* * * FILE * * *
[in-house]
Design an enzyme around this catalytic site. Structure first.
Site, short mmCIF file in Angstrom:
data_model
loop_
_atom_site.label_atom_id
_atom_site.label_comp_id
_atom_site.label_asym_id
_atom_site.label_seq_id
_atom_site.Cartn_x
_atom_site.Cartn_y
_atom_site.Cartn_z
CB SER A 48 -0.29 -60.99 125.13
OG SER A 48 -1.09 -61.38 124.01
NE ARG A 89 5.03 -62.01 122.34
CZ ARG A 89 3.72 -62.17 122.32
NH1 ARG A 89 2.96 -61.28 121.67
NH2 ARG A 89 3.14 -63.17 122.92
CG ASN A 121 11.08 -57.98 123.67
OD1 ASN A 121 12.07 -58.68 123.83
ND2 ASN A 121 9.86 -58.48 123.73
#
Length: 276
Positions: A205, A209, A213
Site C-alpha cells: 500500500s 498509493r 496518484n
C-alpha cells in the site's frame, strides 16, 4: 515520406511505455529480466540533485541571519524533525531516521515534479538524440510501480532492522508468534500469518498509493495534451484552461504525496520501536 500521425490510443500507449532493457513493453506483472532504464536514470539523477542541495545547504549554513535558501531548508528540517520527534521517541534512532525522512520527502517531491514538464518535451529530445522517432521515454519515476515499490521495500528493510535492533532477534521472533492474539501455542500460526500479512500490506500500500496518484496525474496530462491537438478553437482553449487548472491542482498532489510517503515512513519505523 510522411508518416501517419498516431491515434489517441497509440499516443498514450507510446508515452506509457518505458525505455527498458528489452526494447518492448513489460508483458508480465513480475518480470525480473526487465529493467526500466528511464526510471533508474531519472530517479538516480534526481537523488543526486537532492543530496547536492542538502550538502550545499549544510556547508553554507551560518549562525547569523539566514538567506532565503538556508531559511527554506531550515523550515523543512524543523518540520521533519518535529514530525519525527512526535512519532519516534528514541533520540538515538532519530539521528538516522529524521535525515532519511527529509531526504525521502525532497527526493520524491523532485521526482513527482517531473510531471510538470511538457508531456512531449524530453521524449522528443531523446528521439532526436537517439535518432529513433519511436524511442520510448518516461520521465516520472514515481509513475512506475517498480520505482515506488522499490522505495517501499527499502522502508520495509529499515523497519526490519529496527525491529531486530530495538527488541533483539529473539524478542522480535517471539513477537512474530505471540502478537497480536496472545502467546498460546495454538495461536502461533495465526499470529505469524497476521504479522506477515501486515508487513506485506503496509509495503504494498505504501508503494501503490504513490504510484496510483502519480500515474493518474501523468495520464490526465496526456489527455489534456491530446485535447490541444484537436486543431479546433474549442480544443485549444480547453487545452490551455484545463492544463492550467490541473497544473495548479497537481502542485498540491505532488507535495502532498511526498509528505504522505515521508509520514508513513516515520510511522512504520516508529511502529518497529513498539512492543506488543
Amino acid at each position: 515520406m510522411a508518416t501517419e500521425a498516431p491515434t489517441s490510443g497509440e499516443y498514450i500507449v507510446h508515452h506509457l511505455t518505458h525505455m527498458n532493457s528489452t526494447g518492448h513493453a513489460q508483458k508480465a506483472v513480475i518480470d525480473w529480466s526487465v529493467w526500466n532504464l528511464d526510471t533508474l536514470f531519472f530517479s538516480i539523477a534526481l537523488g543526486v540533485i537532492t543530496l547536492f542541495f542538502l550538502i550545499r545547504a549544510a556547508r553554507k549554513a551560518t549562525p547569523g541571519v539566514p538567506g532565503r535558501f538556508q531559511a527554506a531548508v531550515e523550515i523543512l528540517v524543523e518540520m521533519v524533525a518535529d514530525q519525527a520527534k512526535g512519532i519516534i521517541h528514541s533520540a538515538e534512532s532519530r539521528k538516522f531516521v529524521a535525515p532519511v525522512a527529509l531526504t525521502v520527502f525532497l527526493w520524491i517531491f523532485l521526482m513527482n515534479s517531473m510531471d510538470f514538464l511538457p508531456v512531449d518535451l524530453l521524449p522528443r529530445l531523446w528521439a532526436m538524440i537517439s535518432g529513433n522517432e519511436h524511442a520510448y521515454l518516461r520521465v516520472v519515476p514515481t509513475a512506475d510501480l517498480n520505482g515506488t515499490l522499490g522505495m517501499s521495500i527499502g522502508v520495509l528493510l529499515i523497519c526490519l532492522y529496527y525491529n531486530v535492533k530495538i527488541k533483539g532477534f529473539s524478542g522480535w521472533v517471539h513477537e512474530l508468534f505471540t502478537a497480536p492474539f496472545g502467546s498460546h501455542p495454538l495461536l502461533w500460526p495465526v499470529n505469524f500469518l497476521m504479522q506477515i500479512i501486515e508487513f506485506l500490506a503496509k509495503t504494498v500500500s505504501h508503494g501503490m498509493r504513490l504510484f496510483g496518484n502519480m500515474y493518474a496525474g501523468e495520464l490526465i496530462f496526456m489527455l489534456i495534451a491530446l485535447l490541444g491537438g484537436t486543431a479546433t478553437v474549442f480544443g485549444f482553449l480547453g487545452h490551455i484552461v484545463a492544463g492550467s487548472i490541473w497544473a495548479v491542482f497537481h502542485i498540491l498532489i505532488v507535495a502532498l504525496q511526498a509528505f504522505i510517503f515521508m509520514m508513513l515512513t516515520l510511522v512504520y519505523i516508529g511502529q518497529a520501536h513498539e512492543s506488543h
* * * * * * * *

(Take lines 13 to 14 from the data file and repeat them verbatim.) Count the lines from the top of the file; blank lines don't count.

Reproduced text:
CB SER A 48 -0.29 -60.99 125.13
OG SER A 48 -1.09 -61.38 124.01